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THE SCHOOL LAW.
Many Important Changes Made and
Many of General Interest
To the Schools.
Superintendent of Education Mar
tin has sent out the following let
To County Superintendents of Edu
Gentlemen:-Allow me to call your
attention to the general school legis
lation enacted at the recent session of
.the general assembly.
The library law was amended so
that the school raising $ro by private
subscription shall not only -receive
$io from the district and $io from
the state, but it shall also receive a
$io bookcase, to be' paid for out of
county funds. The county boards are
to approve these cases. Just as soon
as possible I shall get competitive de
signs from furniture factories for sup
plying such cases and will submit
them to the county boards. The state
board of education, at its last meet
ing, adopted more than a hundred
additional books for the libraries.
Many of these are especially suited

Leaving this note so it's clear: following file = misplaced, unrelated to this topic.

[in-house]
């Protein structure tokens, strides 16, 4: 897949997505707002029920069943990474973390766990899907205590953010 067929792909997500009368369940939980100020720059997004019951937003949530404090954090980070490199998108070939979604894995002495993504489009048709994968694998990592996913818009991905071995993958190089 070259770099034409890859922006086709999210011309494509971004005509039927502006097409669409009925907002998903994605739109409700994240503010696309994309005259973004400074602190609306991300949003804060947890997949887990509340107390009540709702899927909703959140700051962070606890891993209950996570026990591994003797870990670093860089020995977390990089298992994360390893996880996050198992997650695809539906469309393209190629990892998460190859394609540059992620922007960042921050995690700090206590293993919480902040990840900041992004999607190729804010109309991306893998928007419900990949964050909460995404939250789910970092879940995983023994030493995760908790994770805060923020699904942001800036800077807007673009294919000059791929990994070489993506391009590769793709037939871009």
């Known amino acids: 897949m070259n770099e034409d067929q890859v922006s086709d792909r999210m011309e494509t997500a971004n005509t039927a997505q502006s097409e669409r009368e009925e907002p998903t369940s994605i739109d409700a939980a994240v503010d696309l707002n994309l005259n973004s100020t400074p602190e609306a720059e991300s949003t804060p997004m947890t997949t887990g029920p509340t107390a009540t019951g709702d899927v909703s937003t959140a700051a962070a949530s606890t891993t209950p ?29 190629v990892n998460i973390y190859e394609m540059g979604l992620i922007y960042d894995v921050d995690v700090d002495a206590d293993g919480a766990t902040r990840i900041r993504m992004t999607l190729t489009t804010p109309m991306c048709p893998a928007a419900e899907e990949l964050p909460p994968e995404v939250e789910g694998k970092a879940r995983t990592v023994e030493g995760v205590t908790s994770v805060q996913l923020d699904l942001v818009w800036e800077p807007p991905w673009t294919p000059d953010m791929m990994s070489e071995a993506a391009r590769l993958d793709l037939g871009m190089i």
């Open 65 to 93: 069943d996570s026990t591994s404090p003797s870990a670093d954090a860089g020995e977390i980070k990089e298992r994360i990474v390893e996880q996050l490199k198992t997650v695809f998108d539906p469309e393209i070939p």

for these libraries. About twenty
five are devoted to agriculture, horti
culture and cattle, and poultry rais
ing. I shall send this list out as soon
as it can be printed. I think these
will benefit not only the children, but
the parents. The new library law also
provides that the libraries established
last year may be enlarged. If the
,schools will raise $5 the district will
give $5 and the state $5. The number
of libraries to the county was chang
ed from twelve to twenty-five, but
the appropriation remains the same,
so that the county which pushes this
work most rapidly will secure the
greatest number of libraries. One of
the most important acts of the legis
lature, as I see it is the law to en
courage the erection of adequate pub
lic school buildings. This act pro
vides that the county boards of edu
cation of the various counties uf this
state be, and the same are hereby,
authorized to annually set aside, from
the surplus remaining from 'the net